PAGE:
Identity and comparison are the stuff of politics in the 21st Century. They are key concepts in the School’s long-running MA programme in Comparative Ethnic Conflict. Ever since the end of the Cold War, ethnic conflicts have loomed large in the reporting of political developments around the world, although many of the world’s most intractable ethnic conflicts long pre-date the the Cold War. Admittedly, they have become more visible as a result of disappearance of conflict between the super-Powers as the prism though which all political developments tended to be viewed when fear of a nuclear holocaust was real.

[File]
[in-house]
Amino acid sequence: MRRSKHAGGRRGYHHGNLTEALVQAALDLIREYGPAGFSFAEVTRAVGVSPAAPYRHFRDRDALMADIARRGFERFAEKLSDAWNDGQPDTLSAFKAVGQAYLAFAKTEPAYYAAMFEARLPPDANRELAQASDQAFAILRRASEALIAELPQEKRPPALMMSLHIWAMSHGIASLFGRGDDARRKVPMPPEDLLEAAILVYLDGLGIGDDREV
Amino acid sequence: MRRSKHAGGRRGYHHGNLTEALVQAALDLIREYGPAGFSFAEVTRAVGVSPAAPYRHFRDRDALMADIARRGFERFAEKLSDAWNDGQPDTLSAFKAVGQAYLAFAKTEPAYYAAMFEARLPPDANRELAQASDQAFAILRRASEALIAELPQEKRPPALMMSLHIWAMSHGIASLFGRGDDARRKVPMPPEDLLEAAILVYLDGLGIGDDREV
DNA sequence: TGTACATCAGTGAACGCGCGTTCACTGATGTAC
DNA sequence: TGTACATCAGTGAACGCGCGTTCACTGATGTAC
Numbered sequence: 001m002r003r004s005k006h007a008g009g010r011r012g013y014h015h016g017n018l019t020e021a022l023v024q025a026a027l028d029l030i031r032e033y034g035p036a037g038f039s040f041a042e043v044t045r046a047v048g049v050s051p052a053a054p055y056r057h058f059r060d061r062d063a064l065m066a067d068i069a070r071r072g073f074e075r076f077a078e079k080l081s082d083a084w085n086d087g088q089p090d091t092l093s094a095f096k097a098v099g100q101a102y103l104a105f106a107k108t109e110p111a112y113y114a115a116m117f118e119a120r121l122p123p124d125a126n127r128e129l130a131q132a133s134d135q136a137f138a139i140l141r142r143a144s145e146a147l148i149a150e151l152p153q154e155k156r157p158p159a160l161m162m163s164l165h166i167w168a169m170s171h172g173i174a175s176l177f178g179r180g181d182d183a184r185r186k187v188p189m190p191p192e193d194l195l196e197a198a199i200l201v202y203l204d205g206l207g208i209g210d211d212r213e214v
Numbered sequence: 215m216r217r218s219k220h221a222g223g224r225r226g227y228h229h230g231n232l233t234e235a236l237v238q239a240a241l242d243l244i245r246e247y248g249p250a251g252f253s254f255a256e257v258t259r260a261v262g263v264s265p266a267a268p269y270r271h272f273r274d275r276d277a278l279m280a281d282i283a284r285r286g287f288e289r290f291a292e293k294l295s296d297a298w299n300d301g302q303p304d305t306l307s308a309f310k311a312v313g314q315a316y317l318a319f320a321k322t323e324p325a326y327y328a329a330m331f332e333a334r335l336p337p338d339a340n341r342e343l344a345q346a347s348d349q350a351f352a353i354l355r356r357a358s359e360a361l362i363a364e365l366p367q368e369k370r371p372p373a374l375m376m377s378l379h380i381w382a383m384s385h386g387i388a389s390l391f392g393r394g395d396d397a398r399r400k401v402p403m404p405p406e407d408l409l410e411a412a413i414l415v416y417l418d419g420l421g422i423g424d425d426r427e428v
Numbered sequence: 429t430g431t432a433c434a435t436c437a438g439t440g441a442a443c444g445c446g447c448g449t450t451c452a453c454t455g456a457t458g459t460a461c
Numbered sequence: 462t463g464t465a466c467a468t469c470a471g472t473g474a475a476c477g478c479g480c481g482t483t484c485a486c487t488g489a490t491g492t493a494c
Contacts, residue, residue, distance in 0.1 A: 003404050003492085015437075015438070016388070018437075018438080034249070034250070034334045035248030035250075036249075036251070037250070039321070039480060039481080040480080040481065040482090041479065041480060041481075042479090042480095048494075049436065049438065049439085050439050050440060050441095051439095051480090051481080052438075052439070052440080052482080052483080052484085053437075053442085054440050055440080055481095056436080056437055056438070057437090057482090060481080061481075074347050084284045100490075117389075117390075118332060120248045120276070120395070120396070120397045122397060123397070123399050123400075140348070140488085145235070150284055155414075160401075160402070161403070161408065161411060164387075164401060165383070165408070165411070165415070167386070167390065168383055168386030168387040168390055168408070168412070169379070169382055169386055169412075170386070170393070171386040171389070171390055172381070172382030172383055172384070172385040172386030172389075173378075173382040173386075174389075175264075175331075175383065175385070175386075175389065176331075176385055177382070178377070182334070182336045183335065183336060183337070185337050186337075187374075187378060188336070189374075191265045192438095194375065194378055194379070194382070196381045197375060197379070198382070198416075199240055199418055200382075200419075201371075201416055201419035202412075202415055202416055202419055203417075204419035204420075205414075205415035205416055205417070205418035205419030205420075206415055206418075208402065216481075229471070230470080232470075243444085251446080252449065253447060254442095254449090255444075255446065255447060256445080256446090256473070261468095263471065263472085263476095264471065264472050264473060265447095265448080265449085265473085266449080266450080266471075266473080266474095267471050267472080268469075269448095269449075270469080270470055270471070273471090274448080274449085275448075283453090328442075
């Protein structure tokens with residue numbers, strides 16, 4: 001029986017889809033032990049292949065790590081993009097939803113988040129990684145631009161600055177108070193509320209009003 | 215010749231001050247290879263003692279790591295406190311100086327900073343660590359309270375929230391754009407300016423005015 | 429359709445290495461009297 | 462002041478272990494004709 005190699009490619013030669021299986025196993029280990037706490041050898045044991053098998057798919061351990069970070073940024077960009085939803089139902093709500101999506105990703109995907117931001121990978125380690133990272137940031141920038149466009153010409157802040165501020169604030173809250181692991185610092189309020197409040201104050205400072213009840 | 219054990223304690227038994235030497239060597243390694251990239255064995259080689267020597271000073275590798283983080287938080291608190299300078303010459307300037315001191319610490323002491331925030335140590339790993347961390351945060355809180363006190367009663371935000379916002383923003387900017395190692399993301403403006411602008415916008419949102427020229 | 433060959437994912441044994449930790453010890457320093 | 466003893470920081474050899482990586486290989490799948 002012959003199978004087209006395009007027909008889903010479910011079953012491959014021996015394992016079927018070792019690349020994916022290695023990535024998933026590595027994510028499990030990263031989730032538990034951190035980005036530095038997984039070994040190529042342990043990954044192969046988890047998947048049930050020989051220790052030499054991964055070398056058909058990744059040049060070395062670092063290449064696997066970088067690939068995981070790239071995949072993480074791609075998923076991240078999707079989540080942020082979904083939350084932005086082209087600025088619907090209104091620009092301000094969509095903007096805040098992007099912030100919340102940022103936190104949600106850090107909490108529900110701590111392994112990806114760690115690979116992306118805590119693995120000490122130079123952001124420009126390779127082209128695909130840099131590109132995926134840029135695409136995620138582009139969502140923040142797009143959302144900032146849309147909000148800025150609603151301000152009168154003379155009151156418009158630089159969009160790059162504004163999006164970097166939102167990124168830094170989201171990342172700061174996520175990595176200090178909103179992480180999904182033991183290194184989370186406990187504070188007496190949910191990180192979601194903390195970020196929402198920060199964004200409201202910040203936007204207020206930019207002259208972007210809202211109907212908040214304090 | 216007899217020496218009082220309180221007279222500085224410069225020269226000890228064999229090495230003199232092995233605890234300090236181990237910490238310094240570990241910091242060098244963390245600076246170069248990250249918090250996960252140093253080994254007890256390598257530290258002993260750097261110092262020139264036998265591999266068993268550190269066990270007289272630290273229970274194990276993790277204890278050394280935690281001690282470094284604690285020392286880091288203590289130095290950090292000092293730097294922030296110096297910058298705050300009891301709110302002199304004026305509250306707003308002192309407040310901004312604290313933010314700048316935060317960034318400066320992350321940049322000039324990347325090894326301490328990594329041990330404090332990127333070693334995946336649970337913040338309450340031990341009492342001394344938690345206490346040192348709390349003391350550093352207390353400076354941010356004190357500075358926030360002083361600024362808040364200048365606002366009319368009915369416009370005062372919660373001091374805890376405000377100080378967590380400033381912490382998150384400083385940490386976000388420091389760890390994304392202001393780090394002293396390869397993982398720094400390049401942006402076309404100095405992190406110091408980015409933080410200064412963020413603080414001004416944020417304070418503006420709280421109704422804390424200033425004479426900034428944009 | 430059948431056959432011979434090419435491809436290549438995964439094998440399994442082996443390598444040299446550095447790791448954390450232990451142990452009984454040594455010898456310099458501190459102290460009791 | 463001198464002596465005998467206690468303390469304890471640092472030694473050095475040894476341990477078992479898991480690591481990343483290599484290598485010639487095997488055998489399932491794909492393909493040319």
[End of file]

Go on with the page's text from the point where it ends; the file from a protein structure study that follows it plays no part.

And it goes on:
Normally a 2.1 Honours degree or above, or equivalent recognised qualification in a Social Sciences, Humanities or Arts subject, or a 2.1 Honours degree or above, or equivalent recognised qualification in any subject with relevant professional experience.
Recipient: Queen’s University Belfast
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